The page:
Nicene and Post-Nicene Fathers, Vol. II:Early Church Fathers Index Previous Next
City of God: Chapter 7
Chapter 7.—Concerning the Likeness and Agreement of the Fabulous and Civil Theologies.
That theology, therefore, which is fabulous, theatrical, scenic, and full of all baseness and unseemliness, is taken up into the civil theology; and part of that theology, which in its totality is deservedly judged to be worthy of reprobation and rejection, is pronounced worthy to be cultivated and observed;—not at all an incongruous part, as I have undertaken to show, and one which, being alien to the whole body, was unsuitably attached to and suspended from it, but a part entirely congruous with, and most harmoniously fitted to the rest, as a member of the same body. For what else do those images, forms, ages, sexes, characteristics of the gods show? If the poets have Jupiter with a beard and Mercury beardless, have not the priests the same? Is the Priapus of the priests less obscene than the Priapus of the players? Does he receive the adoration of worshippers in a different form from that in which he moves about the stage for the amusement of spectators? Is not Saturn old and Apollo young in the shrines where their images stand as well as when represented by actors masks? Why are Forculus, who presides over doors, and Limentinus, who presides over thresholds and lintels, male gods, and Cardea between them feminine, who presides over hinges? Are not those things found in books on divine things, which grave poets have deemed unworthy of their verses? Does the Diana of the theatre carry arms, whilst the Diana of the city is simply a virgin? Is the stage Apollo a lyrist, but the Delphic Apollo ignorant of this art? But these things are decent compared with the more shameful things. What was thought of Jupiter himself by those who placed his wet nurse in the Capitol? Did they not bear witness to Euhemerus, who, not with the garrulity of a fable-teller, but with the gravity of an historian who had diligently investigated the matter, wrote that all such gods had been men and mortals? And they who appointed the Epulones as parasites at the table of Jupiter, what else did they wish for but mimic sacred rites. For if any mimic had said that parasites of Jupiter were made use of at his table, he would assuredly have appeared to be seeking to call forth laughter. Varro said it,—not when he was mocking, but when he was commending the gods did he say it. His books on divine, not on human, things testify that he wrote this,—not where he set forth the scenic games, but where he explained the Capitoline laws. In a word, he is conquered, and confesses that, as they made the gods with a human form, so they believed that they are delighted with human pleasures.
For also malign spirits were not so wanting to their own business as not to confirm noxious opinions in the minds of men by converting them into sport. Whence also is that story about the sacristan of Hercules, which says that, having nothing to do, he took to playing at dice as a pastime, throwing them alternately with the one hand for Hercules, with the other for himself, with this understanding, that if he should win, he should from the funds of the temple prepare himself a supper, and hire a mistress; but if Hercules should win the game, he himself should, at his own expense, provide the same for the pleasure of Hercules. Then, when he had been beaten by himself, as though by Hercules, he gave to the god Hercules the supper he owed him, and also the most noble harlot Larentina. But she, having fallen asleep in the temple, dreamed that Hercules had had intercourse with her, and had said to her that she would find her payment with the youth whom she should first meet on leaving the temple, and that she was to believe this to be paid to her by Hercules. And so the first youth that met her on going out was the wealthy Tarutius, who kept her a long time, and when he died left her his heir. She, having obtained a most ample fortune, that she should not seem ungrateful for the divine hire, in her turn made the Roman people her heir, which she thought to be most acceptable to the deities; and, having disappeared, the will was found. By which meritorious conduct they say that she gained divine honors.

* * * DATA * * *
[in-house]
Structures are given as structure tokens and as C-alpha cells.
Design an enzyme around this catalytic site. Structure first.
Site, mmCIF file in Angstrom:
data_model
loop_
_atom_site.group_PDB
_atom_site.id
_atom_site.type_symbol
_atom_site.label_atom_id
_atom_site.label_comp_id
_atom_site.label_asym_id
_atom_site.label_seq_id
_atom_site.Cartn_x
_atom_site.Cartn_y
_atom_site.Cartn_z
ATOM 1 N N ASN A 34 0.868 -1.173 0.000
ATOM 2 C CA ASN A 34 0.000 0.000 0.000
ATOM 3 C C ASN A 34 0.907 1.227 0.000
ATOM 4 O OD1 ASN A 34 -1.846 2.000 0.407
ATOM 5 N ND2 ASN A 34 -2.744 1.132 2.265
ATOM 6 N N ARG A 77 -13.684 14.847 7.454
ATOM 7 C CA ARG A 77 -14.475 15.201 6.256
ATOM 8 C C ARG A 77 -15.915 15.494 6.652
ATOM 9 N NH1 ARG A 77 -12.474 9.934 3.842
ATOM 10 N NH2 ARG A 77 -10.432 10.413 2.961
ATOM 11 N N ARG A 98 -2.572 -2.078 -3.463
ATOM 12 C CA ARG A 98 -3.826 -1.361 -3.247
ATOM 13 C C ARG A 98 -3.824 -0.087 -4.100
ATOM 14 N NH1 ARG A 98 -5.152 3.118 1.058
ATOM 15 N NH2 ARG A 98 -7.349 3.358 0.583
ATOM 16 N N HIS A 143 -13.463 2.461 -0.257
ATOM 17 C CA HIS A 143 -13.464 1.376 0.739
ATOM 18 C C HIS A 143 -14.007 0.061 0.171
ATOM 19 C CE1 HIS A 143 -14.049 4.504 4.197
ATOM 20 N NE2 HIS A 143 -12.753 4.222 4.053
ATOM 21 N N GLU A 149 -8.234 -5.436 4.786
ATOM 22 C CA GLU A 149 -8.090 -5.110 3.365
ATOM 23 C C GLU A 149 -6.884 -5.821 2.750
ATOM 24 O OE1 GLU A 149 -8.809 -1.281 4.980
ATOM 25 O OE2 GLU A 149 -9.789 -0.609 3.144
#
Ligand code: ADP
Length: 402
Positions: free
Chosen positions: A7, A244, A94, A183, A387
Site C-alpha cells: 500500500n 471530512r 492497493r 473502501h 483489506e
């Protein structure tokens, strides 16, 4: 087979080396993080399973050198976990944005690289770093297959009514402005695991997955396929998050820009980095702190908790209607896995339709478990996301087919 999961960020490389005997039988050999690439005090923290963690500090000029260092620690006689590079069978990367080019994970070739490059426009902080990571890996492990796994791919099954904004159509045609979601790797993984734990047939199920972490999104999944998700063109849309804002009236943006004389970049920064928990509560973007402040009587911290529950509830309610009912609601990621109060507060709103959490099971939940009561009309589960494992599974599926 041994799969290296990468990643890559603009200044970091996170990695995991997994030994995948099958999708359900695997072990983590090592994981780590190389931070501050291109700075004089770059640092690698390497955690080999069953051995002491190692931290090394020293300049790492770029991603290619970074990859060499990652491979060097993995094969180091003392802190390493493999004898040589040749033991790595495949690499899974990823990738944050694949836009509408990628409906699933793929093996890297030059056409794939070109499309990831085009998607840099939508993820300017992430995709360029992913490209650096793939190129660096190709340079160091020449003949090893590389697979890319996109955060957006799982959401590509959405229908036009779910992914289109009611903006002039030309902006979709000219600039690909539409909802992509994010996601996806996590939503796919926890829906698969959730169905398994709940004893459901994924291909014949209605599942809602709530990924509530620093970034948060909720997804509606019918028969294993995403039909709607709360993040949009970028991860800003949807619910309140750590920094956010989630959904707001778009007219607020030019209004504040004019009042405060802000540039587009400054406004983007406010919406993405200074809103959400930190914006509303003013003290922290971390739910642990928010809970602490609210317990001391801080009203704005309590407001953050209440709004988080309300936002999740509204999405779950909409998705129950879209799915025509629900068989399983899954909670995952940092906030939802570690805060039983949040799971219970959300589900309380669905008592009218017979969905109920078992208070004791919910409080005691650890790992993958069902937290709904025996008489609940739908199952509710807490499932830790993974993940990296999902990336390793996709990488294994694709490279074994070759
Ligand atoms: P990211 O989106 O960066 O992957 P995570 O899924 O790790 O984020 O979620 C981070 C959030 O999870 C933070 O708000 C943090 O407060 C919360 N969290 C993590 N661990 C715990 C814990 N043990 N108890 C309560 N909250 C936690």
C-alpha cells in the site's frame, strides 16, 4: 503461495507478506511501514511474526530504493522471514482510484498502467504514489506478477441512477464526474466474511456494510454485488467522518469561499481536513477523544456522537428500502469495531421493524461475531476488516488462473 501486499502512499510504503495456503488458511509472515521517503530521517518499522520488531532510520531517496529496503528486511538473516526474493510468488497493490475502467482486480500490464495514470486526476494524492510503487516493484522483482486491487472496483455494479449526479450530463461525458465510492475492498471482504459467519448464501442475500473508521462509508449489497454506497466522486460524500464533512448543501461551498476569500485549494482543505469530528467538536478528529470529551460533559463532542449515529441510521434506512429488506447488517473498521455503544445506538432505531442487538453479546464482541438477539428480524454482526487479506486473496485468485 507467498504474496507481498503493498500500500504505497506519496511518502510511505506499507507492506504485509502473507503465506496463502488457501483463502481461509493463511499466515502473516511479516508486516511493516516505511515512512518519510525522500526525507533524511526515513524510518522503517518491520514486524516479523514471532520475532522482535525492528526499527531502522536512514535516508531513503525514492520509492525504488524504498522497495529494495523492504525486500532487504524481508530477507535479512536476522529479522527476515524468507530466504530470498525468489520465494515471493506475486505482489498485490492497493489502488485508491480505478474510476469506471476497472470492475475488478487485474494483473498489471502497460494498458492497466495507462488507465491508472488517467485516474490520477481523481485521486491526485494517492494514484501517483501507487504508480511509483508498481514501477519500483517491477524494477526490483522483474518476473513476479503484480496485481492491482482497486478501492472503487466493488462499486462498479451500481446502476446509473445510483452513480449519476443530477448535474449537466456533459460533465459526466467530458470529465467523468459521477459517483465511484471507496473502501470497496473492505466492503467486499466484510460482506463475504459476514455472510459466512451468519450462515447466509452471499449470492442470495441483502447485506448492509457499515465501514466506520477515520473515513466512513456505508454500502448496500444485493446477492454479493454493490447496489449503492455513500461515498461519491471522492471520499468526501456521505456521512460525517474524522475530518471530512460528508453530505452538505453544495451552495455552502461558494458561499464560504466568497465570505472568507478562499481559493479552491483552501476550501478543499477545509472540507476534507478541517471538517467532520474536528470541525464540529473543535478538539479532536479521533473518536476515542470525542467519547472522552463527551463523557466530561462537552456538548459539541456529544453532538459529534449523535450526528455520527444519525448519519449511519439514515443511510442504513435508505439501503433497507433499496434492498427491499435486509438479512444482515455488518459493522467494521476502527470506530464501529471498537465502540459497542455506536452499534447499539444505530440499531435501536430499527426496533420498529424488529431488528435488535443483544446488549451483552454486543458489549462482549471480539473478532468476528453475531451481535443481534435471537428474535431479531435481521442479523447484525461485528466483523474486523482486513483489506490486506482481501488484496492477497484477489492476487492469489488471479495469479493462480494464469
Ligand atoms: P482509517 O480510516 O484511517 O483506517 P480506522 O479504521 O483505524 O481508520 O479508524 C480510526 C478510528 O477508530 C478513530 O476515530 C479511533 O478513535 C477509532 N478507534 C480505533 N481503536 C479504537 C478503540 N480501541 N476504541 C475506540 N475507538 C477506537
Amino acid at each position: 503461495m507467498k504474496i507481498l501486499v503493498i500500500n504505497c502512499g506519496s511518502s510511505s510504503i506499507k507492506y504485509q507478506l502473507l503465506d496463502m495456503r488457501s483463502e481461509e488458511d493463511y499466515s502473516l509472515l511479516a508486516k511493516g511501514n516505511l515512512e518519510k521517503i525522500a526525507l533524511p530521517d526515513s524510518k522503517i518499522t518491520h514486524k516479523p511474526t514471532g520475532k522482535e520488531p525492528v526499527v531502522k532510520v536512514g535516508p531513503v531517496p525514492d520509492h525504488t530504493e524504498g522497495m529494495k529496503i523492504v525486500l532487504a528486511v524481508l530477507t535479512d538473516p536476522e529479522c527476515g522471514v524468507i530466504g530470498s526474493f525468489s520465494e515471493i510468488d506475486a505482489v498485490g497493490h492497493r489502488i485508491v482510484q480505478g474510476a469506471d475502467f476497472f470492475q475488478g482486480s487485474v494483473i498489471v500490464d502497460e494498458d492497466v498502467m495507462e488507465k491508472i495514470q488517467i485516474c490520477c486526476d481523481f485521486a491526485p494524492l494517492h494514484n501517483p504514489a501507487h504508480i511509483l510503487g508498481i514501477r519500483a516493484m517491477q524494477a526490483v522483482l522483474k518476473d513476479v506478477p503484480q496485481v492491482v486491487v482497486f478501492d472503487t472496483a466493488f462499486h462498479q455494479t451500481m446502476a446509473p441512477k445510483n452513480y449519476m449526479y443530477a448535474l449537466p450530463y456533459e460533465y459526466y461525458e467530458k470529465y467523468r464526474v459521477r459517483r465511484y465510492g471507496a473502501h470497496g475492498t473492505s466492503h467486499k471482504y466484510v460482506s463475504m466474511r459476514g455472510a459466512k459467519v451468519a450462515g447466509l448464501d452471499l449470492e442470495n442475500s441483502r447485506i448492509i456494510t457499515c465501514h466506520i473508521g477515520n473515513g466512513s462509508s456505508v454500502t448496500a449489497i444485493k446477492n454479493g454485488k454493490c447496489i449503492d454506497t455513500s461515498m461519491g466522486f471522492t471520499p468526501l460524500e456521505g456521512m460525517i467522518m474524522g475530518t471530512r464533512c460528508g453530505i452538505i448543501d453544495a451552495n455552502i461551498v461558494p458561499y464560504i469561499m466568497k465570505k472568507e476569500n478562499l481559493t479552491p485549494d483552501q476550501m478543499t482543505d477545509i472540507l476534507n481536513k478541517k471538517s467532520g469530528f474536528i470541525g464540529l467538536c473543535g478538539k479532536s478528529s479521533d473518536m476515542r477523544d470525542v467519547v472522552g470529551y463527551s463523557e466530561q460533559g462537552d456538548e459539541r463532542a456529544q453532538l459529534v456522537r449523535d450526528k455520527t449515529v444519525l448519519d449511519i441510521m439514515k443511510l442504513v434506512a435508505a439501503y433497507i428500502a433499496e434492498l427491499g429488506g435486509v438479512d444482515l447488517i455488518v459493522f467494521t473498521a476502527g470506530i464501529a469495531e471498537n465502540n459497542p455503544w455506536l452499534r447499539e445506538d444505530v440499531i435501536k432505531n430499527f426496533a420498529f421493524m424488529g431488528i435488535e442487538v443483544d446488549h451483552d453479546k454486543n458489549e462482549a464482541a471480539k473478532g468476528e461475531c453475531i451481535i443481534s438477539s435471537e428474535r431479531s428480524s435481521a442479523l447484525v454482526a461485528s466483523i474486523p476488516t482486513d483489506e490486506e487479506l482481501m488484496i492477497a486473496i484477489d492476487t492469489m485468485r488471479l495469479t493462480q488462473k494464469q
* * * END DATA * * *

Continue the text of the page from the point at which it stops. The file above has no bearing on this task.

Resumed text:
Now had these things been feigned by the poets and acted by the mimics, they would without any doubt have been said to pertain to the fabulous theology, and would have been judged worthy to be separated from the dig p. 116 nity of the civil theology. But when these shameful things,—not of the poets, but of the people; not of the mimics, but of the sacred things; not of the theatres, but of the temples, that is, not of the fabulous, but of the civil theology,—are reported by so great an author, not in vain do the actors represent with theatrical art the baseness of the gods, which is so great; but surely in vain do the priests attempt, by rites called sacred, to represent their nobleness of character, which has no existence. There are sacred rites of Juno; and these are celebrated in her beloved island, Samos, where she was given in marriage to Jupiter. There are sacred rites of Ceres, in which Proserpine is sought for, having been carried off by Pluto. There are sacred rites of Venus, in which, her beloved Adonis being slain by a boars tooth, the lovely youth is lamented. There are sacred rites of the mother of the gods, in which the beautiful youth Atys, loved by her, and castrated by her through a womans jealousy, is deplored by men who have suffered the like calamity, whom they call Galli. Since, then, these things are more unseemly than all scenic abomination, why is it that they strive to separate, as it were, the fabulous fictions of the poet concerning the gods, as, forsooth, pertaining to the theatre, from the civil theology which they wish to belong to the city, as though they were separating from noble and worthy things, things unworthy and base? Wherefore there is more reason to thank the stage-actors, who have spared the eyes of men and have not laid bare by theatrical exhibition all the things which are hid by the walls of the temples. What good is to be thought of their sacred rites which are concealed in darkness, when those which are brought forth into the light are so detestable? And certainly they themselves have seen what they transact in secret through the agency of mutilated and effeminate men. Yet they have not been able to conceal those same men miserably and vile enervated and corrupted. Let them persuade whom they can that they transact anything holy through such men, who, they cannot deny, are numbered, and live among their sacred things. We know not what they transact, but we know through whom they transact; for we know what things are transacted on the stage, where never, even in a chorus of harlots, hath one who is mutilated or an effeminate appeared. And, nevertheless, even these things are acted by vile and infamous characters; for, indeed, they ought not to be acted by men of good character. What, then, are those sacred rites, for the performance of which holiness has chosen such men as not even the obscenity of the stage has admitted?